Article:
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New data tool shows distribution of businesses, employment in high-tech sector

April 13, 2023
By: Jonathan Dillon

The U.S. Census Bureau in February released a new experimental data product designed to better measure the business dynamics of innovative firms (BDS-IF). The new Business Dynamics Statistics of U.S. High Tech Industries provides measures of business dynamics for what the Census classifies as high-tech and non-high-tech industries, defined by science, technology, engineering and math (STEM) occupation intensity. A Census analysis on the data reveals that high-tech industries are concentrated in five coastal metro areas.

The figures show the quantity and proportion of employment in high-tech industries around America. The bigger the dot, the more people are employed in those high-tech industries, quantitatively. The darker the dot, the bigger the proportion of high-tech employment in that area.

The Census Bureau released a list of North American Industry Classification System (NAICS) codes used to qualify industries as “high-tech” for the statistics. The Bureau used the concentration of STEM occupation employment as described by Goldschlag and Miranda in their article "Business dynamics statistics of High Tech industries" that appeared in the Spring 2020 Journal of Economics & Management Strategy, applying the STEM method to 11 years of industry-occupation data covering the 2007 Economic Census to the 2017 Economic Census. In each year, 2017 NAICS vintage industries with a STEM employment share at least five times the national average were identified. Industries were classified as High Tech for the BDS-HT experimental data products if they met this threshold in at least six of the 11 years.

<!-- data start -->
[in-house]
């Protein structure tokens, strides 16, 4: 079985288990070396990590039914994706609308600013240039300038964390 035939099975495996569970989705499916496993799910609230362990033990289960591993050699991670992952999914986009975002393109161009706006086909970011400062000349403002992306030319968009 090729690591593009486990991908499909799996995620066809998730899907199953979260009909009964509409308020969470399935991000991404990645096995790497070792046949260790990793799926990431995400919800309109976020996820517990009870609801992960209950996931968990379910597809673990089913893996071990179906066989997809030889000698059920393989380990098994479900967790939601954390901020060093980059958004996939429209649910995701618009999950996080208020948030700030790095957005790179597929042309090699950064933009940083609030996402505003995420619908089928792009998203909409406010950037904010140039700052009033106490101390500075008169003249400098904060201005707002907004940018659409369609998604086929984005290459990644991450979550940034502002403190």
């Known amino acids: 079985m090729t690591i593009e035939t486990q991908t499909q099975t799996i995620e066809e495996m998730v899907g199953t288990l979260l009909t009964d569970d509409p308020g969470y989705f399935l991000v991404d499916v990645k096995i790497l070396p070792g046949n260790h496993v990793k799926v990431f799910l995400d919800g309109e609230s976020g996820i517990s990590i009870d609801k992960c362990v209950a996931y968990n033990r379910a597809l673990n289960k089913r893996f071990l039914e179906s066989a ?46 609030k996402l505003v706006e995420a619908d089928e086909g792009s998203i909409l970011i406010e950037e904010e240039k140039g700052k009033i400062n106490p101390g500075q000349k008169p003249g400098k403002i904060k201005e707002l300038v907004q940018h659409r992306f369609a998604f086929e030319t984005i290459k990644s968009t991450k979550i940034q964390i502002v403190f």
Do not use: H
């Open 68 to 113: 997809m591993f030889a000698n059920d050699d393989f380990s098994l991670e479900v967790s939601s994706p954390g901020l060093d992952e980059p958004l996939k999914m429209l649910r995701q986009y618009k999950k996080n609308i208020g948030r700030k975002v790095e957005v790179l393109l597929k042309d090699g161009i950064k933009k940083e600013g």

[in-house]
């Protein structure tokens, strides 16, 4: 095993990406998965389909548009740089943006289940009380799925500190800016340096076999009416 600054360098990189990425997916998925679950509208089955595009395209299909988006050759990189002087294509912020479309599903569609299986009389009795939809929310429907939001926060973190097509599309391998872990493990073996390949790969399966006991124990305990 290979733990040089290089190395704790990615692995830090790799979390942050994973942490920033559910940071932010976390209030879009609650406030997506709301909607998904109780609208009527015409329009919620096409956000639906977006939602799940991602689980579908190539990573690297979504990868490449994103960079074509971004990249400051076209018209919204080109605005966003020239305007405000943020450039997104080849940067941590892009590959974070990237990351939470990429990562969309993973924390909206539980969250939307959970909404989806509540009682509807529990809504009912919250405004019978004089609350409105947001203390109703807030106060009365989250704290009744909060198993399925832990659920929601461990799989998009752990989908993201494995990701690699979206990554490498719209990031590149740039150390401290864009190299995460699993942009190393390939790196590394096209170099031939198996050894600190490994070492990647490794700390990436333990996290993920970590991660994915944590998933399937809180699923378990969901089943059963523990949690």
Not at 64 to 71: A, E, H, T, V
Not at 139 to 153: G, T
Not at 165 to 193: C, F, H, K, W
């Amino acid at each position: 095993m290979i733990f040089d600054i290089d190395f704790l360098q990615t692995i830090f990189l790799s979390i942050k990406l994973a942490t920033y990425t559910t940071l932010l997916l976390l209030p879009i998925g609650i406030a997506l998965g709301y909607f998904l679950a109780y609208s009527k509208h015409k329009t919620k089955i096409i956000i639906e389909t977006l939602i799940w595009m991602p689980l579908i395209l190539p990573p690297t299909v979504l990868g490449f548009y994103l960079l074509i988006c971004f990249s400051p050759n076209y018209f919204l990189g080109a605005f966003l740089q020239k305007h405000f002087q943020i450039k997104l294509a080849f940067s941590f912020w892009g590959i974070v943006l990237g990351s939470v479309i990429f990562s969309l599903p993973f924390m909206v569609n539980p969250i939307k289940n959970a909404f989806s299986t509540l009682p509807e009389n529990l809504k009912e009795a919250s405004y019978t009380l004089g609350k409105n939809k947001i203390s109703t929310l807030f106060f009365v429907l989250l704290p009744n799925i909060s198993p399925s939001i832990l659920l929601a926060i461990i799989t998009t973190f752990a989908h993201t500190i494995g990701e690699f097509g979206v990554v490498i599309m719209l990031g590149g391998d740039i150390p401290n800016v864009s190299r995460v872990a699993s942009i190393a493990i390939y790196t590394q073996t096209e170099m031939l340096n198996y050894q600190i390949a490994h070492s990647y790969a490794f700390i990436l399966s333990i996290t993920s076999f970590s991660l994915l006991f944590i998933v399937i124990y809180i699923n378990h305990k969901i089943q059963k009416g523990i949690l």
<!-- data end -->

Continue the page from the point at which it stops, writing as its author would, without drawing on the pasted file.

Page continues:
The new analysis finds that San Jose, Boston, and New York City saw a decrease in high-tech employment intensity since the 1980s, while Washington, D.C., and San Francisco saw increases, more than doubling in the case of San Francisco. These five metropolitan statistical areas (MSAs) are among the largest in high-tech employment.

The study shows that while the firm entries in the high-tech industry overall has decreased, the share of high-tech companies among new entrants in metropolitan areas has increased, with the size of new high-tech business entrants in San Jose quadrupling in size from 1978 to 2020.


Despite the share of entrants in metropolitan areas being high tech increasing, the rate of tech-tech company entry has been on a steady decline. This geographic distribution, shifting intensity and increasing share of incumbent establishments may have consequences for innovation and economic growth.

big tech, cities, smart cities, employment